The “Others”



~Oh let us turn our thoughts today to Martin Luther King…

James Taylor’s “Shed a Little Light” looped in my mind on MLK Day as we drove through the Smoky’s and into the Blue Ridge Mountains and later as the full moon rose over the Shenandoah Valley, it’s crimson glow creating a silhouette of the mountains and the farms and the fences.

~And recognize that there are ties between us
All men and women, living on the earth…

Mid-day, we turned off the highway to visit a place I’d always wanted to see–Monticello–home of this nation’s 3rd president, he who authored the Declaration of Independence and the Statute of Virginia for Religious Freedom, two of three things he had inscribed on his tombstone.

~Ties of hope and love, sister and brotherhood…

I hadn’t realized until we arrived at the sign at the foot of Monticello that it been designated a United Nations World Heritage Site (the only presidential home to be so) and I hadn’t realized how excited I was to visit the site, pressed into the back of the nickel, until we wound up the road and I began to make the sound of a horse, as if I was arriving in the 1700s (and who knows, maybe one of my ancestors did given that my great-grandmother’s people were early settlers in the mid-Atlantic, from Virginia to Delaware, and shared the surname: Jefferson.)

~That we are bound together
With a desire to see the world become
A place in which our children can grow free and strong…

“Are there any questions?” said our tour guide, as we moved from the front steps and into the foyer where above us hung a set of elk antlers–a gift from none other than Lewis and Clark–who Jefferson sent across this continent.

I raised my hand.

“Do you feel any different leading this tour on Martin Luther King Day than you would on any other day?”

Our tour guide was an elder white man, and I was giving voice to my own reservations, even while I was encouraged to see people of color among us in a group of law students, mostly female, from Richmond University.

~We are bound together by the task that stands before us
And the road that lies ahead, we are bound then we are bound…

Among the students was the spouse of their professor, who herself had been a professor at the University of Virginia, founded by Jefferson (the third item to be inscribed on his tombstone.) She once served on the African-American Advisory Committee at Monticello so that it might better represent the realities and lives at the plantation that had long been ignored.

~Oh let us turn our thoughts today to Martin Luther King…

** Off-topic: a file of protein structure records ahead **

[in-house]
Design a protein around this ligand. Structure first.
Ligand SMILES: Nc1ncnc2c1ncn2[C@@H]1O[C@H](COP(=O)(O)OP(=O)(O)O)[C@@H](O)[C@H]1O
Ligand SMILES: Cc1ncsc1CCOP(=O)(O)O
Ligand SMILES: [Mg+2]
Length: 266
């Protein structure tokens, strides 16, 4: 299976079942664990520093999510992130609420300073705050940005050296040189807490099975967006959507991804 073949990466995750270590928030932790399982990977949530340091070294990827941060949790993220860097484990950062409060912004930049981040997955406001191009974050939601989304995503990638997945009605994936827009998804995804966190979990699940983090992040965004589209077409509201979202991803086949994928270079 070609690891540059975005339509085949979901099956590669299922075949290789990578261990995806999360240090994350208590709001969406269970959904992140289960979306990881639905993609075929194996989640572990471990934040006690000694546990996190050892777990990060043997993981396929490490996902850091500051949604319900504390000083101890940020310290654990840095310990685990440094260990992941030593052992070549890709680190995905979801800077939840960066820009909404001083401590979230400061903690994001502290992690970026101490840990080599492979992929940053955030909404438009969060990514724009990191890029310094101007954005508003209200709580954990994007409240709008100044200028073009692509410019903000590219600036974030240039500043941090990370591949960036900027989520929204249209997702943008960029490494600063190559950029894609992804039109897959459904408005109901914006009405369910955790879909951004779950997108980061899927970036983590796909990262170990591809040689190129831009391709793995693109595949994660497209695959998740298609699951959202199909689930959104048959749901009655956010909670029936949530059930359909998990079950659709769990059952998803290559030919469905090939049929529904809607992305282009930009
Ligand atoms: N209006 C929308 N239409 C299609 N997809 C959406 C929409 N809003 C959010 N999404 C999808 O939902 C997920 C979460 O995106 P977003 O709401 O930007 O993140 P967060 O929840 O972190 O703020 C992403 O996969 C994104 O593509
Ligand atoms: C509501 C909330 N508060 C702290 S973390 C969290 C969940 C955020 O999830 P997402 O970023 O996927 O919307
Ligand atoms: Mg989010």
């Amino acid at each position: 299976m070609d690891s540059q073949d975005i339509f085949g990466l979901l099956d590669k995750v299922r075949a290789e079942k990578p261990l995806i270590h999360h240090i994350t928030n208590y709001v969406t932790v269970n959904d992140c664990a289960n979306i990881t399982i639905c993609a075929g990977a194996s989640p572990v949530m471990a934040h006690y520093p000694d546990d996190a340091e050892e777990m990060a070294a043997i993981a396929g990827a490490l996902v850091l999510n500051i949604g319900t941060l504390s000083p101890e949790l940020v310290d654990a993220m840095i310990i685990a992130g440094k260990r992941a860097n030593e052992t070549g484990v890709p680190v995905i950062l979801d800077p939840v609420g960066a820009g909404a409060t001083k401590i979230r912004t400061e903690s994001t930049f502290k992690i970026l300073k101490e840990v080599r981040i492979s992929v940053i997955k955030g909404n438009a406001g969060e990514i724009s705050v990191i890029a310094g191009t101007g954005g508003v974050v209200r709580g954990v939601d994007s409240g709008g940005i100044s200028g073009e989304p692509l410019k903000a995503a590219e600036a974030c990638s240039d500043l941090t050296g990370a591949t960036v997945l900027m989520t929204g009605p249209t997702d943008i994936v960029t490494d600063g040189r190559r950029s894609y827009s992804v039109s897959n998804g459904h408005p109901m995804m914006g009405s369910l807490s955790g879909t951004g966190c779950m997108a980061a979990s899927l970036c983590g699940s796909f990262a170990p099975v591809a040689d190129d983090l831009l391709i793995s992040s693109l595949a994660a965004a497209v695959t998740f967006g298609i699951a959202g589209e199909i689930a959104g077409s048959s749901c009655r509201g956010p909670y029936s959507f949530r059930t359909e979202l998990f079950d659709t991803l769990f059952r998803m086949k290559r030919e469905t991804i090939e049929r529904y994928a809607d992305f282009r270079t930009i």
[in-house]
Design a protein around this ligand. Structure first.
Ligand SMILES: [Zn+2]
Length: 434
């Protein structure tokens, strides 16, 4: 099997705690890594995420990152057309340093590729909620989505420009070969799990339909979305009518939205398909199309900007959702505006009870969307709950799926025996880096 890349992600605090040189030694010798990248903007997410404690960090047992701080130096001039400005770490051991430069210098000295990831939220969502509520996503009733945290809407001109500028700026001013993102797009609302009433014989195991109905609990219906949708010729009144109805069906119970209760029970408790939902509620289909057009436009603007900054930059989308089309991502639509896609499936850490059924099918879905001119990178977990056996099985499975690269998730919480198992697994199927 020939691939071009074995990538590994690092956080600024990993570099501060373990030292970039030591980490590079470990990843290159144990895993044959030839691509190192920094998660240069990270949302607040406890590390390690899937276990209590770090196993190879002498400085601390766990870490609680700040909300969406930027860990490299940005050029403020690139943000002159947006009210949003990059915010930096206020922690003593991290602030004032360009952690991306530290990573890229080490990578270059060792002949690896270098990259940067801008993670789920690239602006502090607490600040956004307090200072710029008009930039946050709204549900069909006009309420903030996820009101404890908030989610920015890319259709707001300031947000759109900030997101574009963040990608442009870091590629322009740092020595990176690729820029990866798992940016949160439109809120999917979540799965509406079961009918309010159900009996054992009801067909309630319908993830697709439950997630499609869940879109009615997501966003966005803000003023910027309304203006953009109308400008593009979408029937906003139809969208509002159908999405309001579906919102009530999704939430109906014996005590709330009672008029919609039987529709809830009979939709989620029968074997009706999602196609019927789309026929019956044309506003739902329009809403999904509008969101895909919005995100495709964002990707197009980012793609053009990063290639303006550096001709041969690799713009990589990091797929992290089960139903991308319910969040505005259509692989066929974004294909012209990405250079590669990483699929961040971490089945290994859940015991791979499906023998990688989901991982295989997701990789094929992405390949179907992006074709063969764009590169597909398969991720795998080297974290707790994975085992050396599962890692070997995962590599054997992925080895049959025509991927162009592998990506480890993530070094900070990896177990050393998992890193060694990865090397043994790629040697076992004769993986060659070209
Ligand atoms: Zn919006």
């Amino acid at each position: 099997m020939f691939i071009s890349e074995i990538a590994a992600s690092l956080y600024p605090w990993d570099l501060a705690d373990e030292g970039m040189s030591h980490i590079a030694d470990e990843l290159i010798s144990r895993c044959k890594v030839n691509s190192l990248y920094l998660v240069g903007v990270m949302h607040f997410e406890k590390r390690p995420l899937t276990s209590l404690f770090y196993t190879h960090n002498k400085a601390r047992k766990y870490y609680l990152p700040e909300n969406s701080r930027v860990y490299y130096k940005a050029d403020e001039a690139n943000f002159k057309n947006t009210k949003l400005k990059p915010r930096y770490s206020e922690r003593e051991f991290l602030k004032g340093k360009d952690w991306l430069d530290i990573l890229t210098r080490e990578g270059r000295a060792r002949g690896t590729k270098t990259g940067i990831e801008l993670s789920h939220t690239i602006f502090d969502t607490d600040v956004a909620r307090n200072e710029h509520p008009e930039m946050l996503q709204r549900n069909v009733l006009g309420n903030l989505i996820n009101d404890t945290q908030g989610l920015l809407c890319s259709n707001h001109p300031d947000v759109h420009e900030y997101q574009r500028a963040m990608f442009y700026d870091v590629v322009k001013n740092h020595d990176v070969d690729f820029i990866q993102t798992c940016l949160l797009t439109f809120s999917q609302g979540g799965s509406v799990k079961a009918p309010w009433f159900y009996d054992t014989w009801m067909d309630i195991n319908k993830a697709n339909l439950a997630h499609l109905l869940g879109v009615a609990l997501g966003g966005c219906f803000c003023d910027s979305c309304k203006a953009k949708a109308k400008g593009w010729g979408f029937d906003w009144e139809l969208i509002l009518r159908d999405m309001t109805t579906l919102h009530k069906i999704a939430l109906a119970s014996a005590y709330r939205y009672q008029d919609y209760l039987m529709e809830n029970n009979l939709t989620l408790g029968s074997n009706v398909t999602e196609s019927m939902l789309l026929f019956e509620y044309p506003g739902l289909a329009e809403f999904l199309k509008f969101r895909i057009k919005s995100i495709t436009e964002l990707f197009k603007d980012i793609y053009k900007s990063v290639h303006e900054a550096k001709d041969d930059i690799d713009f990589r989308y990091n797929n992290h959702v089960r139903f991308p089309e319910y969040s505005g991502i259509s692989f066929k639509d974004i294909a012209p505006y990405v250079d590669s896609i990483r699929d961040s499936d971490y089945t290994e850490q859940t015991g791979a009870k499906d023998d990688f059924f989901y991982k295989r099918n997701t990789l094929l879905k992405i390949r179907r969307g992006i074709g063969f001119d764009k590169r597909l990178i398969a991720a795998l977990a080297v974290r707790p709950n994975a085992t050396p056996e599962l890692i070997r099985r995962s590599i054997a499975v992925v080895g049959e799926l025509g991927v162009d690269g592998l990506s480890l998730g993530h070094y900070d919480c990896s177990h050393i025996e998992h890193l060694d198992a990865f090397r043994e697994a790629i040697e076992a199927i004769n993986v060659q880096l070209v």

Jefferson was one of the largest slave owners in the area. He bought, sold, inherited, bequeathed and “gave away” 607 human beings–men, women and children–including those auctioned off after his death to pay his debts—husbands, wives, children & grandchildren scattered among 8 different purchasers–across the nation he lead and helped form.

~And recognize that there are ties between us
All men and women, living on the earth

Ties of hope and love, sister and brotherhood…

Our tour continued into Jefferson’s study and into his bedroom and parlor, each space offering another glimpse into his astounding capacity.

~That we are bound together
With a desire to see the world become
A place in which our children can grow free and strong…

The painful contradictions of Jefferson and Monticello reminded me of our nation, while my unexpected tears spoke to the gift of my own vulnerability made transparent by the current president and the #metoo movement that gave voice what it is to be female, to be “other,” in this great nation.

~We are bound together by the task that stands before us
And the road that lies ahead, we are bound then we are bound…

Turning to face the contradictions of our nation’s past and present, sheds light on the path forward.

~Can’t get no light from a dollar bill.
Don’t give me no light from a tv screen.
When I open my eyes,
I want to drink my fill
From the well on the hill.

In the end, visiting Monticello on Martin Luther King Day was a potent exploration of this nation’s strengths and contradictions particularly as we spent a good chunk of our visit beneath the house in the corridors where the slaves labored on Jefferson’s behalf.

~And recognize that there are ties between us
All men and women, living on the earth…

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